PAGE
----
Block on Trump's Asylum Ban Upheld by Supreme Court
Some people answer to the law of the land and some answer only to their religion. This is essentially the legal argument of Lyle Jeffs, the interim leader of a polygamous sect, the Fundamentalist Church of Jesus Christ Latter Day Saints (FLDS Church). He is charged with welfare fraud and is a wanted fugitive. Despite this, his lawyers are demanding that charges against him be dropped after Jeffs recently slipped out of his GPS monitor while on supervised release.
Lyle Jeffs, brother of Warren Jeffs who is in prison for his relations with underage girls, is arguing that members of his sect endanger their chances of salvation when they do not pool their welfare benefits. As such, he argues, he should not be charged with a $12 million food stamps benefit fraud scheme.
Lyle Jeffs is part of a sect that on some level opposes the government and will not answer to it but on another accepts welfare benefits. The sect's workaround for any moral compromises presented by accepting government money for food for its members is by taking the money away from individuals. The sect pools the funds of all member recipients and uses that money for the communal good, it says.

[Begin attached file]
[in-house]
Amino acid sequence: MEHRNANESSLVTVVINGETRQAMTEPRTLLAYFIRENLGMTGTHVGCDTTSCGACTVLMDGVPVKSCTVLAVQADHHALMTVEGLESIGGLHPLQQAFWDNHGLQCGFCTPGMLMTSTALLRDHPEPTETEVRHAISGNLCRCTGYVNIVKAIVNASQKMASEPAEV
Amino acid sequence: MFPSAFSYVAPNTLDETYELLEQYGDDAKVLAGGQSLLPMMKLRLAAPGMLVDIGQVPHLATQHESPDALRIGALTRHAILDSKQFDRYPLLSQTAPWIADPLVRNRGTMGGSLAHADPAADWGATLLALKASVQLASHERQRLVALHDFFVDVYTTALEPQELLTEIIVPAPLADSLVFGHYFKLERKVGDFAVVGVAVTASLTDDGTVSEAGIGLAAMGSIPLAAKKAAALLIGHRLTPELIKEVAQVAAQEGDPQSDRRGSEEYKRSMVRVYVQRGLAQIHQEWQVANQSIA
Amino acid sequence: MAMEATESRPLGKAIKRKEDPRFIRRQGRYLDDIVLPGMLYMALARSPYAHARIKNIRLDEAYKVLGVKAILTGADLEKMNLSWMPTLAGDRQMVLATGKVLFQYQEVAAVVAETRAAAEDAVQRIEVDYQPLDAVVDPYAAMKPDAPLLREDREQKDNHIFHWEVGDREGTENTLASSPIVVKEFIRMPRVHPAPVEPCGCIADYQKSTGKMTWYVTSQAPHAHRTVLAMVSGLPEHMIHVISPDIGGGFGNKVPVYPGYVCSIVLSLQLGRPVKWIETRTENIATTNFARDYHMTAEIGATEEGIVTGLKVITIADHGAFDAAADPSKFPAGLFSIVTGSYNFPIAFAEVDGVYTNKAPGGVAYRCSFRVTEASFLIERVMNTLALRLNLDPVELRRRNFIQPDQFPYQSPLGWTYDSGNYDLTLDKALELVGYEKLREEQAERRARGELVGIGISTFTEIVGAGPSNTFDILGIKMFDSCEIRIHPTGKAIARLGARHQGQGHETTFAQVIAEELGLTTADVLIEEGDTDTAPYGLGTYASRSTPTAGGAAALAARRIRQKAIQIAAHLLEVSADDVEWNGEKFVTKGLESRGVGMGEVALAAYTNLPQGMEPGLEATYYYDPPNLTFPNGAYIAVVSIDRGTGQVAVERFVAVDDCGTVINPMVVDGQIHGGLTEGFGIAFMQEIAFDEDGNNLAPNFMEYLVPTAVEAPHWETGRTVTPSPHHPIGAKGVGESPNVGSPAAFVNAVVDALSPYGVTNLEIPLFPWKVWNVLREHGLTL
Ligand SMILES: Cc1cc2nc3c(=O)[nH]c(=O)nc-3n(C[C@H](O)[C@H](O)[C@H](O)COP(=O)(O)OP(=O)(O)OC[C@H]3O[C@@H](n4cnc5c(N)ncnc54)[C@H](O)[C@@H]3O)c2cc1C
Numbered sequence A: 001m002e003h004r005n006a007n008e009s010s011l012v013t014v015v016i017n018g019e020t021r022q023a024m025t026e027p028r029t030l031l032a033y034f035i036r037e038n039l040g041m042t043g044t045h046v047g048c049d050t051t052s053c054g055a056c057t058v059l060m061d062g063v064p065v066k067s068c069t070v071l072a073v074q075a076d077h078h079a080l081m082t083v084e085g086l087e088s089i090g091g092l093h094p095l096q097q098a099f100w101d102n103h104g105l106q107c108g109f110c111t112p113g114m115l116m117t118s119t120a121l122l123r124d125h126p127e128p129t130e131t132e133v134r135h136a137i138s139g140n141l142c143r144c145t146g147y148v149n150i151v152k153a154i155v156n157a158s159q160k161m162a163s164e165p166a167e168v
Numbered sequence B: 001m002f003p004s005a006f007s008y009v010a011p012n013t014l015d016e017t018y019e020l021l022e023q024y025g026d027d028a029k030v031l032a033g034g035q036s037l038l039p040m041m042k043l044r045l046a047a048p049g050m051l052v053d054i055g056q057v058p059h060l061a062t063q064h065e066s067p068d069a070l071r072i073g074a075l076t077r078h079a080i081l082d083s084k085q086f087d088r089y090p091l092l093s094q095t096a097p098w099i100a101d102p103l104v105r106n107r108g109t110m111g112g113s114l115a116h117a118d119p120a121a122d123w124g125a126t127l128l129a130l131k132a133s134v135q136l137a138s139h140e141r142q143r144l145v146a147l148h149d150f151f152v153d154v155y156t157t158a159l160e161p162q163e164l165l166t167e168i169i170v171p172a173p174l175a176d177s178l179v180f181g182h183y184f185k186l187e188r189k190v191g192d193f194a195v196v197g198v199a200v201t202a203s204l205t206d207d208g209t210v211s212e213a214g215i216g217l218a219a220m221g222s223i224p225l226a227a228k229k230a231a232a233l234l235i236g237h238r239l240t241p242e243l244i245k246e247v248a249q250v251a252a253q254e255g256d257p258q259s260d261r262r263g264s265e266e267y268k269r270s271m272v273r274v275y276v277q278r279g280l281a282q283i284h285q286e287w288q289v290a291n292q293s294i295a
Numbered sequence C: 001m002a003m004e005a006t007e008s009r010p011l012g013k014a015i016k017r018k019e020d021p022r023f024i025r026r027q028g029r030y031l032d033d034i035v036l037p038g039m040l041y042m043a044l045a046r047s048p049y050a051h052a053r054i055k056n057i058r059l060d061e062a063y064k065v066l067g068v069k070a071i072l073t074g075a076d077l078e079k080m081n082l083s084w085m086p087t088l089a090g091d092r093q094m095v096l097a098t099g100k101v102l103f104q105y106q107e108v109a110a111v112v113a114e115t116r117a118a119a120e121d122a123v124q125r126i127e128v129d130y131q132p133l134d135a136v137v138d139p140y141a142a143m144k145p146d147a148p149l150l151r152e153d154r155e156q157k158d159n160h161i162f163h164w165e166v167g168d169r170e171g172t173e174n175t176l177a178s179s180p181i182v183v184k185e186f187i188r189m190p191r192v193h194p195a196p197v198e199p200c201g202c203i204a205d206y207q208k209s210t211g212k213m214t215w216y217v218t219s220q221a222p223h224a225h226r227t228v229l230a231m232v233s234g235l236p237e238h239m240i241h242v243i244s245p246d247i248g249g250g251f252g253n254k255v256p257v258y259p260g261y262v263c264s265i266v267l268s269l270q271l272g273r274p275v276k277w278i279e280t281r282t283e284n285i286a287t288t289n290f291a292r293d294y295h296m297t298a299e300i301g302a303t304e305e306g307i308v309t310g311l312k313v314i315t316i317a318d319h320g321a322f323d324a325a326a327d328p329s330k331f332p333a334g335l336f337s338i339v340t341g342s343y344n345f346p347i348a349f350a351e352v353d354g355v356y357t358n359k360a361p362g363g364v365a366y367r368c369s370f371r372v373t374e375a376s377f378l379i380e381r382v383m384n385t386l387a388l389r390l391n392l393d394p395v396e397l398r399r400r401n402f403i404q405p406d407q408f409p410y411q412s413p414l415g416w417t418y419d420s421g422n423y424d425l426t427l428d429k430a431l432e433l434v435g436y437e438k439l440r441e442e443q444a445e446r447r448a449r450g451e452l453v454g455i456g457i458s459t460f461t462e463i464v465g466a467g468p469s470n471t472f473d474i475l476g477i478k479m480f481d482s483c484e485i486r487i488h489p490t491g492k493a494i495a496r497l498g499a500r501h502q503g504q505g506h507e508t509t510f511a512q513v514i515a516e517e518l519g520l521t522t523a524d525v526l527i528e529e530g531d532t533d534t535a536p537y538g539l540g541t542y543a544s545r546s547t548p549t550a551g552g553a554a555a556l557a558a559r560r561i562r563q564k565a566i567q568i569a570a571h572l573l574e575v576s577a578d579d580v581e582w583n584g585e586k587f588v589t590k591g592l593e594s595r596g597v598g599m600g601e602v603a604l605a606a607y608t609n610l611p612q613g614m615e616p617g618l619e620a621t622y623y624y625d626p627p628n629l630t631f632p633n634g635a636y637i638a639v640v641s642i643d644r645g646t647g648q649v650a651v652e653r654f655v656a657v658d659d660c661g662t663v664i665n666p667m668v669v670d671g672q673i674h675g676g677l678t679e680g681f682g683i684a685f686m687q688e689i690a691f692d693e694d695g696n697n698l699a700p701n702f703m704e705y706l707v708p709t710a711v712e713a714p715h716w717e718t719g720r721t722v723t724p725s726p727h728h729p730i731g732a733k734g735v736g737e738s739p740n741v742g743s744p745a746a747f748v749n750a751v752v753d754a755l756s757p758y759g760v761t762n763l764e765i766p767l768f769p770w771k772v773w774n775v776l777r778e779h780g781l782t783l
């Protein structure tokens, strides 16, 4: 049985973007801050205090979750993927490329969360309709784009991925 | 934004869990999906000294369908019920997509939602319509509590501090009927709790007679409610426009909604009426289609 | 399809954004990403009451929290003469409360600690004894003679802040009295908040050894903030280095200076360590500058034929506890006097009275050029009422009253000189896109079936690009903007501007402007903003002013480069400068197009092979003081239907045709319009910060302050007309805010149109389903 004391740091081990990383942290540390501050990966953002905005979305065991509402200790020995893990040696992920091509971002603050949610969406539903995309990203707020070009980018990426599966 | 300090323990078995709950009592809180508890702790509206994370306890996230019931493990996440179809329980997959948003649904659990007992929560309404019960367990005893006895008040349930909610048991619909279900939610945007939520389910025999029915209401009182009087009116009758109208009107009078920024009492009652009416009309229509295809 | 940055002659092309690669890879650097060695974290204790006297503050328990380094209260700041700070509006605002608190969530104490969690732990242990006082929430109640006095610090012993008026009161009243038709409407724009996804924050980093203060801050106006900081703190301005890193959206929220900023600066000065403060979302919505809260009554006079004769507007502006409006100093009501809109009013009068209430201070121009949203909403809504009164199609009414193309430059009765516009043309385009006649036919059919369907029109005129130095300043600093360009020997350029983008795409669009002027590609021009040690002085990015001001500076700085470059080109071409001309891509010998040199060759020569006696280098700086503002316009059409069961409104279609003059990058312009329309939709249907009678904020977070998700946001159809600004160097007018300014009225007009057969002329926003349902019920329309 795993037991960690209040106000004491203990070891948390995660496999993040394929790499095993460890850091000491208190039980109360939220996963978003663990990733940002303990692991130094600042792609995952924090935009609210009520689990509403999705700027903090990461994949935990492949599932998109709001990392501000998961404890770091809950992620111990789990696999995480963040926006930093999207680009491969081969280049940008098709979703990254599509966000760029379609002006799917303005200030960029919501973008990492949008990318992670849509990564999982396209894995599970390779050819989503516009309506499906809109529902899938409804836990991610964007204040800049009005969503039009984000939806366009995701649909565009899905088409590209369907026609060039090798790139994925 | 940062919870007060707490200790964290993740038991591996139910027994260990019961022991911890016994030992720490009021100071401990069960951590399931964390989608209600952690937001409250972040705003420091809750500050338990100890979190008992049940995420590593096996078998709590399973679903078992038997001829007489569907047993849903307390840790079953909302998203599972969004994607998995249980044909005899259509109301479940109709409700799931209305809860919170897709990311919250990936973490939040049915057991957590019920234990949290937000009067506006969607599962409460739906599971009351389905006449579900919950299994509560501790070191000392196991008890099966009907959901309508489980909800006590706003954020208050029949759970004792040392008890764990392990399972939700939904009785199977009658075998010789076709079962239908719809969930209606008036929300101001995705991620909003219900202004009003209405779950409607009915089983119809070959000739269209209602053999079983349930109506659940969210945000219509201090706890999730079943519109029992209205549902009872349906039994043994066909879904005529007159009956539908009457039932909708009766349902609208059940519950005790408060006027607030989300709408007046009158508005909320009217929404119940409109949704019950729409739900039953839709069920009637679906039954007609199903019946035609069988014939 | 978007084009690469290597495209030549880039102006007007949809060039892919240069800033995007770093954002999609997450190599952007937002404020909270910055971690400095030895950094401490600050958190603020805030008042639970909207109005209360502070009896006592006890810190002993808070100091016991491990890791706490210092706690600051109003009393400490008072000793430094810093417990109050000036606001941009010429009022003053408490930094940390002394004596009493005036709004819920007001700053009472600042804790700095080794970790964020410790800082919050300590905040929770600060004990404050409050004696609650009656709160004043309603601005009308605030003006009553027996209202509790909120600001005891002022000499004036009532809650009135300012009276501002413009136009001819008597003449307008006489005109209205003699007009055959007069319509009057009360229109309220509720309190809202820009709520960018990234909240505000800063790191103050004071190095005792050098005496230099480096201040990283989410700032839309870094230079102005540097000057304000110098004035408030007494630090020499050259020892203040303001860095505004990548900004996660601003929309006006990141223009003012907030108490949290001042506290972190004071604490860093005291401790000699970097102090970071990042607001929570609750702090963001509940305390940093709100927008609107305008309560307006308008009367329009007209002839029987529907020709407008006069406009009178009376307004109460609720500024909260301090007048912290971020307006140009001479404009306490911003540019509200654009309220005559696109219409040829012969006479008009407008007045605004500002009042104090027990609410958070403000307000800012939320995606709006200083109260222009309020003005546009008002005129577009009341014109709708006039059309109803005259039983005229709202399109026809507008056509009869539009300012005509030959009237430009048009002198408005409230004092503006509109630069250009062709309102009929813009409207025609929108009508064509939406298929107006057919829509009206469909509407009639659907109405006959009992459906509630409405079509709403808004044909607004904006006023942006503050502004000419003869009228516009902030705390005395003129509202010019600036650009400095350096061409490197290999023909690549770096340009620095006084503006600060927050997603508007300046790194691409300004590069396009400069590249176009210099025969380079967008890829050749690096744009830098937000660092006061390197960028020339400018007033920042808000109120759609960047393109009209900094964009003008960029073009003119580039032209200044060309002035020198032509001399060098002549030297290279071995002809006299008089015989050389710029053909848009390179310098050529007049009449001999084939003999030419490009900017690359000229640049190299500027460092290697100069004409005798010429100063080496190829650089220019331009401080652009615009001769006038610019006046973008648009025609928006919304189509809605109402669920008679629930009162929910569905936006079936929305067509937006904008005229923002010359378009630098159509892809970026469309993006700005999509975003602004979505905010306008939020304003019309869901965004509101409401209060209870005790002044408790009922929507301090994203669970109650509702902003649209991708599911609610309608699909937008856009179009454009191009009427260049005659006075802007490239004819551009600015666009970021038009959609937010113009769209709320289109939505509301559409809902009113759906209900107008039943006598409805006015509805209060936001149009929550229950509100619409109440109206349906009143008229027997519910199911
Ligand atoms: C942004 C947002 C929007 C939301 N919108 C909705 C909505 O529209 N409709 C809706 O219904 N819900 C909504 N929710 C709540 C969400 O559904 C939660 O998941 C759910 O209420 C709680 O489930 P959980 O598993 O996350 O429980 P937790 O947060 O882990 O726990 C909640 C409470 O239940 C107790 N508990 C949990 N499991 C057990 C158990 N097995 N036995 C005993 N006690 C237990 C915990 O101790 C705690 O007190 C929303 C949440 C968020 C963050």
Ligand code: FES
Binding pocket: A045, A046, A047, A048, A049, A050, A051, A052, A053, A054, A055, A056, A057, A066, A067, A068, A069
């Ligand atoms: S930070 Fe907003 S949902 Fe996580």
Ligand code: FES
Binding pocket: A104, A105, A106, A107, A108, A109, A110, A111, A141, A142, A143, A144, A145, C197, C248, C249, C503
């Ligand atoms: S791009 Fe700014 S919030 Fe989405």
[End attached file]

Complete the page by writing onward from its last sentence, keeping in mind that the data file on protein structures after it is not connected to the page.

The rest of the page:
The federal government argues that Jeffs and other sect leaders defrauded the public by diverting millions of dollars in welfare funds from intended recipients, the families who receive money based on number of children, their income, and other factors. Authorities allege that the sect used money meant for food to buy machinery, such as tractors, and other goods.
Lyle Jeffs slipped out of the reach of authorities after he was released pending resolution of his charges. The judge that allowed Jeffs out of custody noted that other sect members had not thus far violated conditions of release, justifying letting the leader out on these grounds. It is reported that Lyle Jeffs used olive oil to slip his GPS monitor shortly after having been granted the privilege of supervised release. Authorities have not yet responded to his legal filing in Utah's federal court.
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